Kipnis’s fictional account of the televised treatment of
Elaine Robbins clearly shows the surgeon’s negligence
(Kipnis 2011). The problems with Anodyne’s support for
the telesurgery breakfast are harder to discern, but show
up clearly when we take into consideration how surgical
evidence is generated, evaluated, and used by surgeons.
Current evidentiary practices in surgery have two major
weaknesses, related to the epistemic culture of surgery and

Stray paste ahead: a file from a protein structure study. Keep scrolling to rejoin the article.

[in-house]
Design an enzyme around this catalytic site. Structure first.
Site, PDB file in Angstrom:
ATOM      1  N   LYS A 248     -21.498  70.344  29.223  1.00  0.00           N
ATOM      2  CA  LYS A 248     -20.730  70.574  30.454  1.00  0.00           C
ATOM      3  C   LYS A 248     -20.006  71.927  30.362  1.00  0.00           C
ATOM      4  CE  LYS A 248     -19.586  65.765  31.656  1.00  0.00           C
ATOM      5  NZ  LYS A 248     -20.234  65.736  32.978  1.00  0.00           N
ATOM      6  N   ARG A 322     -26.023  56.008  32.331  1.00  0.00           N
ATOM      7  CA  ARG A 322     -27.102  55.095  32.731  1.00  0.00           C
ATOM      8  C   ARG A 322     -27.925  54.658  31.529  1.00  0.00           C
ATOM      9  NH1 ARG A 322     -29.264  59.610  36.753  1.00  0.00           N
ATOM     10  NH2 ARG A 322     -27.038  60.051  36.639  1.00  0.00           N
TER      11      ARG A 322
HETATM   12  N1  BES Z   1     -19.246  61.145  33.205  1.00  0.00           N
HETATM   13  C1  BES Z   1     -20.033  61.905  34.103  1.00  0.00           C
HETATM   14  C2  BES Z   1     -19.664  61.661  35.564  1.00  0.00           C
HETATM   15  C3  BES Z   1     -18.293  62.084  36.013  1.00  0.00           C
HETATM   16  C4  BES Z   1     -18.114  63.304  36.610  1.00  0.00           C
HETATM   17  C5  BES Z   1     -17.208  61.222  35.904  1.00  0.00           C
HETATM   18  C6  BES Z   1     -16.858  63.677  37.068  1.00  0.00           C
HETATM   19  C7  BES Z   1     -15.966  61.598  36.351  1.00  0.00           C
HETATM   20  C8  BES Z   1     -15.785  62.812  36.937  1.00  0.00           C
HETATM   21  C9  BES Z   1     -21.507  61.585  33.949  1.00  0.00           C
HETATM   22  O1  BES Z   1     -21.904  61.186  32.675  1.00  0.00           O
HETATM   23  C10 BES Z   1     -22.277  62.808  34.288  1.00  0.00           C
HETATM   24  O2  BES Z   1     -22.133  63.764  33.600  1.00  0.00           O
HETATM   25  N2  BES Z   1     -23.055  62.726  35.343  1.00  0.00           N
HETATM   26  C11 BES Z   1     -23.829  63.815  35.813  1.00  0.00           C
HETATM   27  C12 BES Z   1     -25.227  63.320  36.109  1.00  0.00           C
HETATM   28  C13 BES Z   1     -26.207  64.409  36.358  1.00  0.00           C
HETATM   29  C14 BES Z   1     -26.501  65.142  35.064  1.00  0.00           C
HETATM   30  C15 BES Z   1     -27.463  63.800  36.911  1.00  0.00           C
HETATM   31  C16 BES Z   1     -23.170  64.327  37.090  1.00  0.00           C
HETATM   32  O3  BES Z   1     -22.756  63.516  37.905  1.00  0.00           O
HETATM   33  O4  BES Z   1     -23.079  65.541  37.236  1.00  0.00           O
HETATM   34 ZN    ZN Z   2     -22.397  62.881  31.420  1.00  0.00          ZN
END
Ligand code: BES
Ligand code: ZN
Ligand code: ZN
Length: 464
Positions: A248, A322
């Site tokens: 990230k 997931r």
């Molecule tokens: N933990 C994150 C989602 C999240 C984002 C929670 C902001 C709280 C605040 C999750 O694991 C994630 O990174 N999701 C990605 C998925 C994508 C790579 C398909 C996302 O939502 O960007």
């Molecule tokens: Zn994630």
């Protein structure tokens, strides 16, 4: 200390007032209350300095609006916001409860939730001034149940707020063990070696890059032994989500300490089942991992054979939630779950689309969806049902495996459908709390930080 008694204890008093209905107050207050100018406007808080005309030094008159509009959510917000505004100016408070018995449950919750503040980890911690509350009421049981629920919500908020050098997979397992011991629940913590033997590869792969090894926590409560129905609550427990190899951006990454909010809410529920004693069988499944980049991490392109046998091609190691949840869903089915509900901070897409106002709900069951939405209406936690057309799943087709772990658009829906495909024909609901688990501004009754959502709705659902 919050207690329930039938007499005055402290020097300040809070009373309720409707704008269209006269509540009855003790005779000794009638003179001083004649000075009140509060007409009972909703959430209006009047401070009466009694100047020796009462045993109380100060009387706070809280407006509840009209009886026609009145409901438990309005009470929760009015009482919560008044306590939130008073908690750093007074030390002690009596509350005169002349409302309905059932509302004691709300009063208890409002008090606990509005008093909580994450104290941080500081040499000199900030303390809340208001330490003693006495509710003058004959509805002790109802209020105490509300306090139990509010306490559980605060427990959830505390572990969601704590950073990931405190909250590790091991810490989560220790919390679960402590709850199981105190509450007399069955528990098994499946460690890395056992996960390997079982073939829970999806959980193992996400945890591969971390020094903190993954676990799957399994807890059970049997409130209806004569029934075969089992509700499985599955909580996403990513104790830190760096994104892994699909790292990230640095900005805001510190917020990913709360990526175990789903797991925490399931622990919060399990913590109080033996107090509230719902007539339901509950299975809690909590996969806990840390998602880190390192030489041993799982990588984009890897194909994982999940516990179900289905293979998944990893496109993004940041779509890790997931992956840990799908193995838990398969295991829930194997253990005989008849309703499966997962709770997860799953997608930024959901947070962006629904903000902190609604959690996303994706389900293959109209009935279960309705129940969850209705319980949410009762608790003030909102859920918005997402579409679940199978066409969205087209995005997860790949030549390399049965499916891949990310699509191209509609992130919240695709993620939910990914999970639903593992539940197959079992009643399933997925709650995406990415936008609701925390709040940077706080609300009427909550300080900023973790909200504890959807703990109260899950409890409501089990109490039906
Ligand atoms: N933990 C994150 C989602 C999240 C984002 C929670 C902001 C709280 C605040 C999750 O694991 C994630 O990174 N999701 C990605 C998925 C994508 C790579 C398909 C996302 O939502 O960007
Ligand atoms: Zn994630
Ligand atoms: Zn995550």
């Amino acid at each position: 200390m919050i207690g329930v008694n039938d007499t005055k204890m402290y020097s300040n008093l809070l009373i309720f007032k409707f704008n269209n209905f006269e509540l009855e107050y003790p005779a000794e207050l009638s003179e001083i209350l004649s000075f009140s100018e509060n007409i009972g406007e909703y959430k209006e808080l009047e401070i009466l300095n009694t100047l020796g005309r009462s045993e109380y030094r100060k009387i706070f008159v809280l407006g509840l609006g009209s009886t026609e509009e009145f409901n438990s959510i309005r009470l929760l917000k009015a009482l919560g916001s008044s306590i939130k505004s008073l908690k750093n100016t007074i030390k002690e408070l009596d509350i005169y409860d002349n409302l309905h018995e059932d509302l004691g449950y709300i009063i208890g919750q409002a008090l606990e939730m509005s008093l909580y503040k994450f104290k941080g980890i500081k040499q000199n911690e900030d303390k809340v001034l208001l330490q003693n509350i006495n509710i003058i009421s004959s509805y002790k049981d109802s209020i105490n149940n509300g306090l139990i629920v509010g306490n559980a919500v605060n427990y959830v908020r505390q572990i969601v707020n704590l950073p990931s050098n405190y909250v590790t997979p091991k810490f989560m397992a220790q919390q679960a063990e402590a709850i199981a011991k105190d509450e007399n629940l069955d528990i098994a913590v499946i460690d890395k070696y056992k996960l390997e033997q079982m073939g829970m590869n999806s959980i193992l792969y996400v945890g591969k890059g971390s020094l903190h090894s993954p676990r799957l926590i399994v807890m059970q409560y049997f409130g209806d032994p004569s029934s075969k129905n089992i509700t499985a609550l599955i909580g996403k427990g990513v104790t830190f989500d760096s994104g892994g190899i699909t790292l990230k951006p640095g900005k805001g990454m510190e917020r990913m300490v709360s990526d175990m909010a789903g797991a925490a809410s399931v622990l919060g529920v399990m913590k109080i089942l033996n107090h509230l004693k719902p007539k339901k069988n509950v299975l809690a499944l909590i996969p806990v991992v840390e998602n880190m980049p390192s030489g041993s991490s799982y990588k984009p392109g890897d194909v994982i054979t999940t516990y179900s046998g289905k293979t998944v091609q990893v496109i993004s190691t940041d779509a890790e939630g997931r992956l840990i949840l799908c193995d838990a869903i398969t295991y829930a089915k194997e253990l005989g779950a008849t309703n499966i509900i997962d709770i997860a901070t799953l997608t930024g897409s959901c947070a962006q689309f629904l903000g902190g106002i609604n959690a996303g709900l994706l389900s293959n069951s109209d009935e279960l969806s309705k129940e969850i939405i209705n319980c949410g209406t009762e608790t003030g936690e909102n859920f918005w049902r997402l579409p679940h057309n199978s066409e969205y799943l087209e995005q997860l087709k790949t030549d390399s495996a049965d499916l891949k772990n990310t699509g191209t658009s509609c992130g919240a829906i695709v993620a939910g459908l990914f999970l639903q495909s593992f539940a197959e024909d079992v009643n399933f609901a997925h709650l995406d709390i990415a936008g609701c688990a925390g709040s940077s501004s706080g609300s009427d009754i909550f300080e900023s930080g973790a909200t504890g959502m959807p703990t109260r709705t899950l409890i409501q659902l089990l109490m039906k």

to practices of knowledge transmission. We argue that this
is a systemic problem, which companies such as Anodyne
both contribute to and benefit from. Thus, while we agree
with Kipnis’s claim that Anodyne is complicit in creating
“conditions of danger,” we believe that Anodyne’s contributory
roles extend beyond creating moral hazards for susceptible
surgeons and harms for individual patients.